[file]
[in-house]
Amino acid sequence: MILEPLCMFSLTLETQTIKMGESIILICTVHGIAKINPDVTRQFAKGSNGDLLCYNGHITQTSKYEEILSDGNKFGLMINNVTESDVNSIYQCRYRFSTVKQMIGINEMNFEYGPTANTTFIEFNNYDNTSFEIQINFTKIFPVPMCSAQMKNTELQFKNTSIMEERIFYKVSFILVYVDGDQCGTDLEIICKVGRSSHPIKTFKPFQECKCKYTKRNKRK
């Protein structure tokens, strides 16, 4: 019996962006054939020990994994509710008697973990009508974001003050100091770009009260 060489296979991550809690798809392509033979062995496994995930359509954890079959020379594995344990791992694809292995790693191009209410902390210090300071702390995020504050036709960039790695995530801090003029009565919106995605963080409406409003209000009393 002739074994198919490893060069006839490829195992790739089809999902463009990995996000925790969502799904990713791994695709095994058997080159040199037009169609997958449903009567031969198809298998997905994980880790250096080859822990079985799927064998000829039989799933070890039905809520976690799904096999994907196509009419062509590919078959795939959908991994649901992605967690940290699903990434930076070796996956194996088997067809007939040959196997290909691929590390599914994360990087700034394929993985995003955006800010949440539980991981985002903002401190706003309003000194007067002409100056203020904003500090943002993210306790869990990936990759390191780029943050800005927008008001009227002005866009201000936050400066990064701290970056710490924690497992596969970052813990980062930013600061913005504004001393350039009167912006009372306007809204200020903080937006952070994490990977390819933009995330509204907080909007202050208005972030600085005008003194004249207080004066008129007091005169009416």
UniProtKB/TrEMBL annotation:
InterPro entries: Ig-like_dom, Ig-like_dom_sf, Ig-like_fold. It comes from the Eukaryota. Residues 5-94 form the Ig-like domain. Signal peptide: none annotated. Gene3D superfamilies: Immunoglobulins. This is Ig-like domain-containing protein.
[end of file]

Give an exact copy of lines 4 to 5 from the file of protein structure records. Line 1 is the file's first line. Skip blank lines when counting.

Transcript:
UniProtKB/TrEMBL annotation:
InterPro entries: Ig-like_dom, Ig-like_dom_sf, Ig-like_fold. It comes from the Eukaryota. Residues 5-94 form the Ig-like domain. Signal peptide: none annotated. Gene3D superfamilies: Immunoglobulins. This is Ig-like domain-containing protein.